“I like to do the Samuel L. Jackson, sitting in the trailer eating sandwiches and no aspirations of directing or writing,” he says with a laugh. “It’s a lot of work.”

Mr. D airs Tuesdays at 9:30 p.m. on CBC

Image courtesy of CBC.

 

 

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CBC’s anthology web series Save Me is instantly bingeworthy

It’s easy to tell when a television network is truly behind one of their projects. Clearly, CBC is fully supporting Save Me. How could I tell? A half-day of interviews for show creator, writer and director Fab Filippo and producer Lisa Baylin, and a Facebook Live session for the duo plus actors Amy Matysio, Emma Hunter and Suresh John, who co-star in some of the show’s 10 episodes.

Save Me is a web series, but it’s getting the same attention from the network Still Standing or Baroness Von Sketch Show would. There’s a reason: Save Me is damned good.

Now available on CBC’s website, Save Me follows Toronto EMT Goldie (Filippo) and his assorted partners (Matysio and John are two), as they arrive on the scene of 911 calls. The twist? The paramedics are the through line connecting the people making an emergency call rather than being the focus. That’s not to say we don’t get some back story into Goldie and his fellow EMTs lives—we do—but they’re not the focus.

“Lisa called me and said, ‘Do you have anything?'” Filippo recalls during a chat at CBC’s Toronto headquarters. “It wasn’t on HBO yet, but I had been watching High Maintenance and it had the structure of it wasn’t about the pot dealer, it was about the people who bought the pot. I loved that structure because it was an anthology but had the groundedness of wanting to tune in and see the same person every week.” The former Being Erica and Billable Hours actor has a friend—nicknamed Meeps—who is an EMT and Filippo thought that career could fit into a structure like High Maintenance. Baylin agreed. Filippo went on a ridealong with Meeps, made some notes, and bounced ideas around with Baylin. A year and half later and Save Me is online.

A shot from Episode 3 of Save Me, “Possible Anaphylaxis.”

“We produce a variety of shows and are known as trailblazers because we’re always testing different models in the digital space,” Baylin, vice-president of content and production for iThentic, says. “I really wanted to do an anthology series and was looking for the right story. When Fab mentioned the paramedics, we thought it had a very natural feel for an anthology show. We could have these great emergencies and opportunities to stunt cast.” Baylin describes fleshing out the stories of people from all walks of life across Toronto, crafting the characters and approaching actors to participate in one or two shoot days for a four to 10-minute episode.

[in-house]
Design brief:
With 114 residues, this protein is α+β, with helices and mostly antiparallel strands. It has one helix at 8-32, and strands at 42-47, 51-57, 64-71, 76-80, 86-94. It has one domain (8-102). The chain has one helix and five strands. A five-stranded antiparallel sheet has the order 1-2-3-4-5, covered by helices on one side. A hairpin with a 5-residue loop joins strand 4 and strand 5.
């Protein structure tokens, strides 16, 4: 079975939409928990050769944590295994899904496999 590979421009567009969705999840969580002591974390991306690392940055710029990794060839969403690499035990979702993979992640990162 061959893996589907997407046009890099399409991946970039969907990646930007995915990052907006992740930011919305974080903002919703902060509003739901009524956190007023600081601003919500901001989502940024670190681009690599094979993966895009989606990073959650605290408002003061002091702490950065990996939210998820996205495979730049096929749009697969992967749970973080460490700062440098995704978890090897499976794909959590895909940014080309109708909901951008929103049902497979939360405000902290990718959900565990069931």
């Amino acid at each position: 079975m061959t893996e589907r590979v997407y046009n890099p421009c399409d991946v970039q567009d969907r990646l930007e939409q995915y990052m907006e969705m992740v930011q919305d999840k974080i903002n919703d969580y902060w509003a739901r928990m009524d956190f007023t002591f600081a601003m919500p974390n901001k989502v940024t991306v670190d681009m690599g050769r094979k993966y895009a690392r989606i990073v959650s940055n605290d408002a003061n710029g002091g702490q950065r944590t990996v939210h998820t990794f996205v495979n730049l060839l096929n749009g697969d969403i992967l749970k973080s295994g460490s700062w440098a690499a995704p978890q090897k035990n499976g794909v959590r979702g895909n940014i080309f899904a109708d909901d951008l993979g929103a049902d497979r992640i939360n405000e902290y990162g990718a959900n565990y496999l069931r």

Save Me‘s guest cast is a 46-person who’s who from the television and theatre world. Brent Carver, Michael Healey, Paul Braunstein, Jean Yoon, Sonja Smits, John Bourgeois, Tony Nappo, Mayko Nguyen and Sugith Varughese are just a sampling of the talent who drop by to play instantly memorable characters. A sample: Emma Hunter portrays Cora, a woman in Episode 1, “H.B.D.,” who grows increasing drunk at a birthday brunch and then suffers a grievously hilarious injury. But for every funny moment—and there are many like “Possible Anaphylaxis”—Save Me offers thoughtfulness and hope too; scenes between Goldie and Kevlar (Matysio) are downright romantic.

“The biggest challenge was the time constraint,” Filippo says. “Mixing the genres wasn’t tough for me because that’s what I love the stuff that’s dark and makes me laugh. I was studying short form content because I didn’t want this to be a slice of life where it ends and you don’t get resolution. I wanted to build each moment so, at the end, you went, ‘OK, I just watched a story.'”

Season 1 of Save Me is available on CBC’s website.

Images courtesy of CBC.